by Ian Hesketh (University of Queensland)
I was recently awarded an Australian Research Council (ARC) Future Fellowship grant, which provides me with a generous salary along with substantial research funds, to engage in a four-year research project at the Institute for Advanced Studies in the Humanities (IASH) at the University of Queensland. The award also comes with an important clause that was included in the host university’s letter of commitment, namely that the University of Queensland would agree to offer me a continuing position, should the application be successful. So winning the award not only meant four years of well-funded research; it also meant that my twelve-year long search for job security was finally over.
Reflecting on this search—which has taken me and my family across Canada in both directions, and then to a different country entirely—has made me realize even though I worked for several different universities during that period, I did have one constant during that time: the HSS’s quarterly journal, Isis.
Doing a PhD in the early 2000s at York University in Toronto had many benefits, including, of course, getting to learn from and work with Bernie Lightman and many other STS-related faculty members such as Marlene Shore, Joan Steigerwald, Katharine Anderson, Ian Slater, Martin Fichman, and Paul Fayter. It also meant the opportunity to work for Isis, which began its stint at York University in 2003.
One of my first duties as part of the team was to accompany Lightman on a trip to Cornell University in Ithaca, New York, Isis’ previous home, in order to get a first-hand look at the daily operations. It was a great experience. And while the drive from Toronto to Ithaca and back again was quite long, Lightman and I bonded over a mutual love of Neil Young and other music from the 70s that helped us pass the time.
Once Isis got officially underway at York, most of us graduate assistants worked as Assistant Book Review Editors (or, as I preferred to put it, Assistants to the Book Review Editor), in large part because publishing upwards of one hundred book reviews an issue proves to be quite labor intensive. It was indeed impressive just how many books moved through the office. In the most ideal of situations, the Book Review Editor would examine a given book, come up with a list of possible reviewers, and then give that list to one of the editorial assistants. That assistant would then email the first name on the list, asking if they would consider reviewing the book. After agreeing, the assistant would send them the book and the reviewer would, ideally, send us a review of that book before the three-month deadline. More often the process involved a seemingly endless series of what we called “prods”: emails to authors reminding them about emails they did not respond to, or deadlines that had come and gone, or the books that now needed to be sent back to the journal so that the entire process could begin again. This may seem tedious, but it was a real pleasure corresponding with so many different scholars in the history of science. And it was just plain fascinating to be one of the few people working behind-the-scenes and taking part in the production of a leading journal in the field. Eventually, I was hired to proofread journal issues on a regular basis, largely to seek out errors that had crept in during the typesetting process, correct any remaining stylistic issues, and insert the final authors’ corrections. This work was wonderful, as it meant that I was able to be a part of the Isis team as I continued to work on my PhD, which I defended in June of 2006, while getting to pour over each issue of Isis well in advance of the journal’s many subscribers.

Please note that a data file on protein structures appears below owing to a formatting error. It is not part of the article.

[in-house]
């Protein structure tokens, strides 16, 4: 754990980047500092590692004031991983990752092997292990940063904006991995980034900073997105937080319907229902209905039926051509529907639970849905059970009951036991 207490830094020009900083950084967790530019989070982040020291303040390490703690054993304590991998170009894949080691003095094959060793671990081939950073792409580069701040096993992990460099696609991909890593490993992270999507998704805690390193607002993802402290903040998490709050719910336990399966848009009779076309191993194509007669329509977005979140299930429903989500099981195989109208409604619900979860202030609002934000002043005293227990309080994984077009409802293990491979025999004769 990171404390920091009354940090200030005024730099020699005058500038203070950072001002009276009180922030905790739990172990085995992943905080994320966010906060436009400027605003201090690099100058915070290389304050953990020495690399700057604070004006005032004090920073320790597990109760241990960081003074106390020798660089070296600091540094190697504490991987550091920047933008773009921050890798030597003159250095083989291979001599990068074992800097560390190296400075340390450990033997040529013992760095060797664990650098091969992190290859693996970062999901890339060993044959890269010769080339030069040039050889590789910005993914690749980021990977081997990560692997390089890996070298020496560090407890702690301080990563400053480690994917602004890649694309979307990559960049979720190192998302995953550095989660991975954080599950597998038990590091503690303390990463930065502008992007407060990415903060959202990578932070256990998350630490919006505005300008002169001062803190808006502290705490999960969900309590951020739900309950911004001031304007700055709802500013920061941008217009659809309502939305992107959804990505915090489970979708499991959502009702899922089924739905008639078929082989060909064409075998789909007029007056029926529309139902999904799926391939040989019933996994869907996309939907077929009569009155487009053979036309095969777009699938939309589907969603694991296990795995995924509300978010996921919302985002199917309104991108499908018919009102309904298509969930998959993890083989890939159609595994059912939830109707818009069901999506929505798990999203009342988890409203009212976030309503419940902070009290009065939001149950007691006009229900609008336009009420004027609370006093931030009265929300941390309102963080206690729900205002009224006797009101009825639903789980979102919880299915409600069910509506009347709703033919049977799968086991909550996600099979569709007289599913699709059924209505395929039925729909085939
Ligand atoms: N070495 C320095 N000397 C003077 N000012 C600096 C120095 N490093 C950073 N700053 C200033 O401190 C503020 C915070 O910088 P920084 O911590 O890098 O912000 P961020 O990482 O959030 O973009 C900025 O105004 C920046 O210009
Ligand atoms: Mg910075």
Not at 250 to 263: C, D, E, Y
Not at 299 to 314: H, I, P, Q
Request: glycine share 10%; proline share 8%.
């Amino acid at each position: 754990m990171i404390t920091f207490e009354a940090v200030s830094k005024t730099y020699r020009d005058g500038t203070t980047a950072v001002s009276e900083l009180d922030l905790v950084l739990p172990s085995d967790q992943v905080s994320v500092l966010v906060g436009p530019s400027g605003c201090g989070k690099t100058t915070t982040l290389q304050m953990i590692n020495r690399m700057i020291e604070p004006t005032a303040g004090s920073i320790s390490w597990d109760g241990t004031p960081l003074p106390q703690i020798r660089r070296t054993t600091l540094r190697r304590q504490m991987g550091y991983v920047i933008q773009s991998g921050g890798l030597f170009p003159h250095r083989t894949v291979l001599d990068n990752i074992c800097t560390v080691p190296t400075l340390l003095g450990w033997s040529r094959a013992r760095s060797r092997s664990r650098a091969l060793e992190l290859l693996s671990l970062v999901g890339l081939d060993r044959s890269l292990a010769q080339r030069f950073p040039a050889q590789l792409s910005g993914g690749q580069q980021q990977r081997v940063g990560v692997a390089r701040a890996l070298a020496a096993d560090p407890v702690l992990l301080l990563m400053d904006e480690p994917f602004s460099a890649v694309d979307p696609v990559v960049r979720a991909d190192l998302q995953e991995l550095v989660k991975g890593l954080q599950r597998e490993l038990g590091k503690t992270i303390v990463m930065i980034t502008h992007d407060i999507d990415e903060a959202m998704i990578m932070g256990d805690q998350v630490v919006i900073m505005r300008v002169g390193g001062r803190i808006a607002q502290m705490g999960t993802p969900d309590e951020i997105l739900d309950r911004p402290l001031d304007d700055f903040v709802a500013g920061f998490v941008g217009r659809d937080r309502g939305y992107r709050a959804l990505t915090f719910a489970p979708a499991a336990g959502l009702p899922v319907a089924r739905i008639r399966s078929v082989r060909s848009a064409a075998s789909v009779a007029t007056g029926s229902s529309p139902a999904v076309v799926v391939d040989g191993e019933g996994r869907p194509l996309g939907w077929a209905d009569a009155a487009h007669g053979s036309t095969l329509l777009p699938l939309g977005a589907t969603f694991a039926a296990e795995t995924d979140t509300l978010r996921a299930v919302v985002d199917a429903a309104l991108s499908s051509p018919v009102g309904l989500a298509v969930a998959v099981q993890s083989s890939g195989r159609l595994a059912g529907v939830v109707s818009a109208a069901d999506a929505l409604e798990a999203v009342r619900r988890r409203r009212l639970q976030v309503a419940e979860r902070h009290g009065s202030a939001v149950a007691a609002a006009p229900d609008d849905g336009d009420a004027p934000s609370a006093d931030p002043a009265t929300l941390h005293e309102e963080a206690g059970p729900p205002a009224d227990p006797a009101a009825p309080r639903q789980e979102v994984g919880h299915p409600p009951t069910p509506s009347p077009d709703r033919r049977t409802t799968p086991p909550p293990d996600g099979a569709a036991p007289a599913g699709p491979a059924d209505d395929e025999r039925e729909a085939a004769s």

After finishing the PhD, I took a two-year Social Science and Humanities Research Council Postdoctoral Fellowship at the University of British Columbia (UBC). While I assumed this meant my proofreading gig for Isis would come to an end, I was delighted to discover that I could continue proofreading each issue of Isis even though I would now be living in Vancouver. I was still proofreading from print at this point, so this involved a lot of shipping between my place in Vancouver and the home office in Toronto.During this first postdoc at UBC, I published a few articles and I also had my first book in press, which I thought meant that I would be well-positioned to take the next step in my early academic career. But when the postdoc came to an end in the summer of 2008, the stock market had plummeted and the bottom fell out of an already declining job market. I was able to pick up some adjunct teaching at UBC’s new satellite campus in Kelowna, which was formerly Okanagan University College where I completed my Bachelor’s degree eight years before. This was a tough year. My mother was kind enough to let my partner Cleo and I stay in her basement suite. And I continued proofreading for Isis, which was not only a great financial help during a difficult period in that regard, it also helped set me up for my next position.